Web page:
Imagine if every lead you received had a dollar amount next to it representing how much money that lead is likely to spend with you over the next several years and each lead also includes a short profile, purchase history and recent search activity. How would this information impact your marketing tactics? How would it change your marketing budget? Undoubtedly, it would have the potential to dramatically improve your ROI.
The application of predictive analytics to large batches of customer data is making this scenario a reality in digital media and smart advertisers are already all over it. Skilled practitioners can leverage historical data to better understand customer behaviour and create models to inform advertising prioritisation and personalisation. The former tells us which leads to pursue first and how much we should spend, while the latter helps us tailor the message and experience so that we can maximise the effectiveness of the opportunity.
Retailers, brands and agencies employing these techniques have a significant advantage over competitors still left guessing which half of their marketing budget is being wasted. However, there are significant barriers to entry.
Reinvent along the way
Firstly, organisations must invest in the right infrastructure to collect, warehouse and structure their customer data. After all, the predictions are only as accurate as the data they are based on. This in itself can be a monumental task and may require changes to websites, mobile applications, CRM and an untold number of proprietary systems and vendor solutions, which is both costly and time-consuming. It may also require that they develop or acquire new skills and team members and change hiring practices.
Secondly, individuals must develop new analytical skills and unlearn old ideas, methodologies and technologies. What worked in the past may no longer be viable. This will likely require many to reinvent themselves on the job so that they can continue to add value to their organisation. Learning agility must become a core value.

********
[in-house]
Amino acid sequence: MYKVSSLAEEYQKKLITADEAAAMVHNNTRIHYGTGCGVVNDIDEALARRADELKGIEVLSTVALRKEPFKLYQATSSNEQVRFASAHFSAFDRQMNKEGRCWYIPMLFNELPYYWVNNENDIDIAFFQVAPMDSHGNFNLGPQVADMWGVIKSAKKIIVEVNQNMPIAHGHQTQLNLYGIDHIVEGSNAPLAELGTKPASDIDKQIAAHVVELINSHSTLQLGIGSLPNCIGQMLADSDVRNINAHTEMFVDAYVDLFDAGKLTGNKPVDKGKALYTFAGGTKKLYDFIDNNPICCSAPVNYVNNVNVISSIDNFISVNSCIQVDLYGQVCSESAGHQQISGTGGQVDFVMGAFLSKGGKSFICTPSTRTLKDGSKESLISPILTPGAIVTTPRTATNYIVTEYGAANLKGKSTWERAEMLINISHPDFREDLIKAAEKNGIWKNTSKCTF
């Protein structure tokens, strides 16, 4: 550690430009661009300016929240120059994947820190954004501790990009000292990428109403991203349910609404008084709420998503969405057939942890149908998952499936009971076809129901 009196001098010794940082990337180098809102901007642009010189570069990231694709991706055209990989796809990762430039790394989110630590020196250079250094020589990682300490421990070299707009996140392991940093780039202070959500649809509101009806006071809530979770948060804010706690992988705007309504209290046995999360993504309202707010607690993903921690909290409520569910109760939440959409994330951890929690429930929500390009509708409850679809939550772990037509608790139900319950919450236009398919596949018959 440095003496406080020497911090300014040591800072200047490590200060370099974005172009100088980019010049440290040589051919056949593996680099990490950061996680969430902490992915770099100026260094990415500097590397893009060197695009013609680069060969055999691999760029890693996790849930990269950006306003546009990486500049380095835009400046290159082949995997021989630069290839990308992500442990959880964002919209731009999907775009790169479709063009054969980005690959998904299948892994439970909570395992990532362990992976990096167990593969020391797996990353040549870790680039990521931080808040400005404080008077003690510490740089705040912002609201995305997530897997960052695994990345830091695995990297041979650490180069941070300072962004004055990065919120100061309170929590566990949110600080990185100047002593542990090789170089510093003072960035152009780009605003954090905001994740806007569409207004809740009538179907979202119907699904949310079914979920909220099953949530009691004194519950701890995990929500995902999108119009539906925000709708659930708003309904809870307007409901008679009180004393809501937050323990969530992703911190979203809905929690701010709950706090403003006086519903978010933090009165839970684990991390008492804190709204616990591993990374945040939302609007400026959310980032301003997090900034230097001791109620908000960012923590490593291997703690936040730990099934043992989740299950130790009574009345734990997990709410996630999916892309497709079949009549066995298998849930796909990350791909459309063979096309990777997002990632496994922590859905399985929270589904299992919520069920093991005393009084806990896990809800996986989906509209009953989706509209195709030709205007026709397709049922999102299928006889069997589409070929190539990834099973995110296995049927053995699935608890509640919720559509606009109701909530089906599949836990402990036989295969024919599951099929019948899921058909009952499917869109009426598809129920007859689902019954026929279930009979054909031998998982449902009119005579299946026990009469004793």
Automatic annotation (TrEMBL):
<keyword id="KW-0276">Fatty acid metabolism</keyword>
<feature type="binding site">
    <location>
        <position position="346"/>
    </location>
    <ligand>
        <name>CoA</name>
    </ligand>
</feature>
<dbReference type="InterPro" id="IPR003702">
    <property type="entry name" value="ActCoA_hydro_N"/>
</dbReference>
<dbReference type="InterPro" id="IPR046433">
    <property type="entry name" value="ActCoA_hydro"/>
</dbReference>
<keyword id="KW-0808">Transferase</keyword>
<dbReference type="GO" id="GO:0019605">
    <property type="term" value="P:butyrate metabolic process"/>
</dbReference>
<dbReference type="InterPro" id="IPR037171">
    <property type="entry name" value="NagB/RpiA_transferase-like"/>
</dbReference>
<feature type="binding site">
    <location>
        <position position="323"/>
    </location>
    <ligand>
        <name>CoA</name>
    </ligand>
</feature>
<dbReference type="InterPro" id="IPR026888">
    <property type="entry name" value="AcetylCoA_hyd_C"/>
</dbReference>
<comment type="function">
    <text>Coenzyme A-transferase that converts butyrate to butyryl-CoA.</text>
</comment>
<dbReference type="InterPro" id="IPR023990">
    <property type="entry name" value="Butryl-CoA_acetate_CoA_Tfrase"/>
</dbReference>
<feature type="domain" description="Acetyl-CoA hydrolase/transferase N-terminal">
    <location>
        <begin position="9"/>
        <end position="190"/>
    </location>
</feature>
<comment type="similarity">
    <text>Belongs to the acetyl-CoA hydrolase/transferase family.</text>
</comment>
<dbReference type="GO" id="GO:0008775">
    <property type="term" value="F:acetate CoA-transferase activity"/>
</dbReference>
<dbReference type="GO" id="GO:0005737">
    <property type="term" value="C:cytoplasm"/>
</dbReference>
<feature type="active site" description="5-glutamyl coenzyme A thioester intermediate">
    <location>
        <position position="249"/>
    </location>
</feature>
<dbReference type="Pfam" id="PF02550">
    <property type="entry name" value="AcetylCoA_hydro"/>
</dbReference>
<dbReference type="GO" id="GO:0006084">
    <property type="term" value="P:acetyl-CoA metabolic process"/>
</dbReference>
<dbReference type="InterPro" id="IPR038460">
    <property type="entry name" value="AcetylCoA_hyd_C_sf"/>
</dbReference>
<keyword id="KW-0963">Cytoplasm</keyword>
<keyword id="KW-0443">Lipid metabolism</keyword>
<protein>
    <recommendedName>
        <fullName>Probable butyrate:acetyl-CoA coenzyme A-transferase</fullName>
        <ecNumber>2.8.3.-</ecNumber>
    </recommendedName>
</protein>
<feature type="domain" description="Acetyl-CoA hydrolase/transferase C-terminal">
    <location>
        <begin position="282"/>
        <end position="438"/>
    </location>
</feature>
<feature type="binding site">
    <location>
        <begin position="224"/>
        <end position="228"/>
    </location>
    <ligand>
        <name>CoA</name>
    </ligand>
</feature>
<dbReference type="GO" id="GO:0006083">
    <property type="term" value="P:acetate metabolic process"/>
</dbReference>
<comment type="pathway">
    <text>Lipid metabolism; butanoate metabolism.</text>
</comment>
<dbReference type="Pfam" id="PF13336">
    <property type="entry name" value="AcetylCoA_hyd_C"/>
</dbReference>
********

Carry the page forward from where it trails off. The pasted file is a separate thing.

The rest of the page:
Lastly, we must forge new partnerships based on a foundation of trust so that we can embrace collaboration and data sharing. The immediate and most obvious opportunity is to find partners that can help drive efficiency in marketing.
However, predictive analytics is opening up a world of less obvious ways to grow business – some of them counterintuitive. Imagine again knowing how to prioritise leads. What do you do with those at the bottom of the list – the ones that you will likely never sell to? Would that information be valuable to a partner or even a competitor?
For those of us working in technology and digital media, the pace of innovation is daunting. There are so many new developments in the realm of data and machine learning that it is hard just getting the terminology right.
These advancements are extremely promising but many of us are scrambling to adapt. If we are to survive and thrive in this environment, we must recognise that modern literacy will include at a minimum a basic understanding of programming and data science and an eager desire to learn. Those that seek to understand and adapt will benefit greatly from a wave of innovation that is more than just a collection of buzzwords.